Is “privacy” such a broad concept as to be meaningless from a legal and policy perspective? On Tuesday, October 14th, the Center for Democracy & Technology hosted a conversation with Benjamin Wittes and Wells Bennett, frequently of the national security blog, Lawfare, to discuss their recent scholarship on “databuse” and the scope of corporate responsibilities for personal data.
Coming from a world of FISA and ECPA, and the detailed statutory guidance that accompanies privacy in the national security space, Wittes noted that privacy law on the consumer side is vague and amorphous, and largely “amounts to don’t be deceptive and don’t be unfair.” Part of the challenge, as number privacy scholars have noted, is that privacy encompasses a range of different social values and policy judgments. “We don’t agree what value we’re protecting,” Wittes said, explaining that government privacy policies have values and distinctions such as national borders and citizen/non-citizen than mean something.
Important distinctions are much less easier to find in consumer privacy. Wittes’ initial work on “databuse” in 2011 was considerably broader and more provocative, applying to all data controllers — first and third party, but his follow-up work with Bennett attempted to limit its scope to the duties owed to consumers exclusively by first parties. According to the pair, this core group of duties “lacks a name in the English language” but “describe a relationship best seen as a form of trusteeship.”
Looking broadly at law and policy around data use, including FTC enforcement actions, the pair argue that there is broad consensus that corporate custodians face certain obligations when holding personal data, including (1) obligations to keep it secure, (2) obligations to be candid and straightforward with users about how their data is being exploited, (3) obligations not to materially misrepresent their uses of user data, and (4) obligations not to use them in fashions injurious to or materially adverse to the users’ interests without their explicit consent. According to Wittes, this core set of requirements better describes reality than any sort of “grandiose conception of privacy.”
Bennett detailed how data uses fall into three general categories. The first, a “win/win” category,” describes where the interests of business and consumers align, and he cited the many uses of geolocation information on mobile devices as a good example of this. The second category reflects cases where businesses directly benefit but consumers face a neutral value proposition, and Bennett suggested online behavioral advertising fit into this second category. Finally, a third category of uses are when businesses benefit at consumer’s expense, and he argued that regulatory action would be appropriate to limit these behaviors.
Bennett further argued that this categorization fit well with FTC enforcement actions, if not the agency’s privacy rhetoric. “FTC report often hint at subjective harms,” Bennett explained, but most of the Commission’s actions target objective harms to consumers by companies.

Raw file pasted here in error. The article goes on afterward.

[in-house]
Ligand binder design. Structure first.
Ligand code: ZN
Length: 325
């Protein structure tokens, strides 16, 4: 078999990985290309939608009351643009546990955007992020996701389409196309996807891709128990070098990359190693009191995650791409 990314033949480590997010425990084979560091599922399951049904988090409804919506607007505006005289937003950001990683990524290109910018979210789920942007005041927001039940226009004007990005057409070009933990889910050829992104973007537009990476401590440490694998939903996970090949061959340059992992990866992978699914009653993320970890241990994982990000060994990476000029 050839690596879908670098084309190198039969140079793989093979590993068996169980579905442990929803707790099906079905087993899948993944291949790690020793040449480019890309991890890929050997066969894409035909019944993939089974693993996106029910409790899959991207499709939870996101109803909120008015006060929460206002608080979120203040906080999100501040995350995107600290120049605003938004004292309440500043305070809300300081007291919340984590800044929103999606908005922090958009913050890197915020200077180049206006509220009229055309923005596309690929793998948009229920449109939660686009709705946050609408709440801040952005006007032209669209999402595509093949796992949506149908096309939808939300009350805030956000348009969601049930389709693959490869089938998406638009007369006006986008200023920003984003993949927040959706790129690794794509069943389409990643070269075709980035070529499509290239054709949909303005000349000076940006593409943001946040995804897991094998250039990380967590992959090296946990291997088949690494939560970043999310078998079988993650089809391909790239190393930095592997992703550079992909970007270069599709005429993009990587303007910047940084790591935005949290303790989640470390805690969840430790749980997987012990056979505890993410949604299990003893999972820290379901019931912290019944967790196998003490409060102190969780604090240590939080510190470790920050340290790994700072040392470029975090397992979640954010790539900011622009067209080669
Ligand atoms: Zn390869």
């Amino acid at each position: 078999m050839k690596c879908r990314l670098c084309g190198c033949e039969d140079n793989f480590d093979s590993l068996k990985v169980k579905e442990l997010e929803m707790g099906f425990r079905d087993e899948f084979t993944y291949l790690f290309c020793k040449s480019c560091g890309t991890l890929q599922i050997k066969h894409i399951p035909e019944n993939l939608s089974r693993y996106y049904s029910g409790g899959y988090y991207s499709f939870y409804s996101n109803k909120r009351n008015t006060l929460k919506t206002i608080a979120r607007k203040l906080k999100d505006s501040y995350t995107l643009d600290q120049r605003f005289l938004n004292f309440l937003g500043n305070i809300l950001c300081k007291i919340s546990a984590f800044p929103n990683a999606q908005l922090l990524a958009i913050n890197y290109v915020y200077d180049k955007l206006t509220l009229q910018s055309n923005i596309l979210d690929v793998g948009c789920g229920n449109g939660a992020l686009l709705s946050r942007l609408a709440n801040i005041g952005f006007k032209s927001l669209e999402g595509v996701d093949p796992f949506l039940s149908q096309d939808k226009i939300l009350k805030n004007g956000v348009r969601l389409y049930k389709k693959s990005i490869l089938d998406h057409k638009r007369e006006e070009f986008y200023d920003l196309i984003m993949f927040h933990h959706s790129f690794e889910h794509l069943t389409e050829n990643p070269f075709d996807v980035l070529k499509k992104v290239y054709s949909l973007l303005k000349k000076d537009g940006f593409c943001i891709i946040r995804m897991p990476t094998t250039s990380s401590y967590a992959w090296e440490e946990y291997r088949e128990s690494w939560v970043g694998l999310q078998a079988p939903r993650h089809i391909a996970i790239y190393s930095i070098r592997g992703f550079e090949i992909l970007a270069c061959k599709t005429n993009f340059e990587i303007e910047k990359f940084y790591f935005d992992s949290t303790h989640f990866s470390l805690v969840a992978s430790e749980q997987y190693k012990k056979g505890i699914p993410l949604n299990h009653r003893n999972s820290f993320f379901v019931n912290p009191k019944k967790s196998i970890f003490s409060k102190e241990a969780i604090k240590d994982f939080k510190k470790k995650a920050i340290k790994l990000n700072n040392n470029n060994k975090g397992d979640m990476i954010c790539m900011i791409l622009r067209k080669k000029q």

However, the broad language of “privacy” distorts what harms the pair believe regulators — and consumers, as well — are legitimately concerned about. Giving credit to CDT for initially coining the term “databuse,” Wittes defines the term as follows:
[T]he malicious, reckless, negligent, or unjustified handling, collection, or use of a person’s data in a fashion adverse to that person’s interests and in the absence of that person’s knowing consent. . . . It asks not to be left alone, only that we not be forced to be the agents of our own injury when we entrust our data to others. We are asking not necessarily that our data remain private; we are asking, rather, that they not be used as a sword against us without good reason.
CDT’s Justin Brookman, who moderated the conversation, asked whether (or when) price discrimination could turn into databuse.
“Everyone likes [price discrimination] when you call it discounts,” Wittes snarked, explaining that he was “allergic to the merger of privacy and antidiscrimination laws.” Where personal data was being abused or unlawful discrimination was transpiring, Wittes supported regulatory involvement, but he was hesitant to see both problems as falling into the same category of concern.
The conversation quickly shifted to a discussion of the obligations of third parties — or data brokers generally — and Wittes and Bennett acknowledged they dealt with the obligations of first parties because its an easier problem. “We punted on third parties,” they conceded, though Wittes’ background in journalism forced him to question how “data brokers” were functionally different from the press. “I haven’t thought enough about the First Amendment law,” he admitted, but he wasn’t sure what principle would allow advocates to divine “good” third parties and “bad” third parties.
-Joseph Jerome, Policy Counsel